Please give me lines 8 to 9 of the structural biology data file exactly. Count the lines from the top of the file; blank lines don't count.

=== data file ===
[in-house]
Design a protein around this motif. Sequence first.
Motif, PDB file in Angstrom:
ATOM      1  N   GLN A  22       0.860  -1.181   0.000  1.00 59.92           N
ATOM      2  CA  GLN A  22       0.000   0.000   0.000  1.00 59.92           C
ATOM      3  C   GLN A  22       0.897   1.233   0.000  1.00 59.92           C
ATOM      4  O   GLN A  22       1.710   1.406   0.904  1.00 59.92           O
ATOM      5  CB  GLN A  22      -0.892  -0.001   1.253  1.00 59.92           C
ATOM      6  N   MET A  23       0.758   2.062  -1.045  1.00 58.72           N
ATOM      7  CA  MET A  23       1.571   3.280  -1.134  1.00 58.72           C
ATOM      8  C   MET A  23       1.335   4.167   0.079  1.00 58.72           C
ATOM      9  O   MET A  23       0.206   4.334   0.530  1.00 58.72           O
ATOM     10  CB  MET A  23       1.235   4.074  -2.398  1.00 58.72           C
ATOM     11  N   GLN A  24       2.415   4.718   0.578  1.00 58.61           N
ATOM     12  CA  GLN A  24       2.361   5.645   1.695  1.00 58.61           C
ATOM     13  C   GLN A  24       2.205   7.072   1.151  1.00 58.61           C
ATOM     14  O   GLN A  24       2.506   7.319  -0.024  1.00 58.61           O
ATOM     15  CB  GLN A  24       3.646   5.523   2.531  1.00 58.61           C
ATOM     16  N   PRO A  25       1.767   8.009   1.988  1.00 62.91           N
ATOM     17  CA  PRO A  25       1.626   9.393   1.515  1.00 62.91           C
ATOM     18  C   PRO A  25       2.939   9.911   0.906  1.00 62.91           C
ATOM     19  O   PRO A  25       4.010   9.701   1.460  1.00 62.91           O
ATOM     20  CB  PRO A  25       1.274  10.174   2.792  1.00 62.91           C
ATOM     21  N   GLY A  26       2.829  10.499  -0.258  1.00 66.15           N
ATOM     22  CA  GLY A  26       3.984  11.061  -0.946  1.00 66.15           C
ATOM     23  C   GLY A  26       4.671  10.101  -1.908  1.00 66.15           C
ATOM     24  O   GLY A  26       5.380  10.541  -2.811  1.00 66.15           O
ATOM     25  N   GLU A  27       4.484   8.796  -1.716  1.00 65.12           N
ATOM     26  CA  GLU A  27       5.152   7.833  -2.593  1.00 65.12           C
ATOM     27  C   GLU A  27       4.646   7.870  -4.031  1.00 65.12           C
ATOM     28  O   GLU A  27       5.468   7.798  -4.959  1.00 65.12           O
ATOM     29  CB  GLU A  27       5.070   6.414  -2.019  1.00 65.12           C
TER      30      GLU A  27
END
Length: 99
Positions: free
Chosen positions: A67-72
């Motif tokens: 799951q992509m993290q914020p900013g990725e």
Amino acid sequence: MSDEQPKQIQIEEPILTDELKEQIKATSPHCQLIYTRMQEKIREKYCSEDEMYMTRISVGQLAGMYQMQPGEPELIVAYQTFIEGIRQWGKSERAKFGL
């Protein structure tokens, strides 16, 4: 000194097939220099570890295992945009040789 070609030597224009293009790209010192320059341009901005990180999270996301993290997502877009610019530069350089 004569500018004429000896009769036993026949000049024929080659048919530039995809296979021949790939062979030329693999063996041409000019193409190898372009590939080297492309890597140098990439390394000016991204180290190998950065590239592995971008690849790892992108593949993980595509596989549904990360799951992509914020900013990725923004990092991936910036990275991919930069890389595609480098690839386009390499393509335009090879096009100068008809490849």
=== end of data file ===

ATOM      5  CB  GLN A  22      -0.892  -0.001   1.253  1.00 59.92           C
ATOM      6  N   MET A  23       0.758   2.062  -1.045  1.00 58.72           N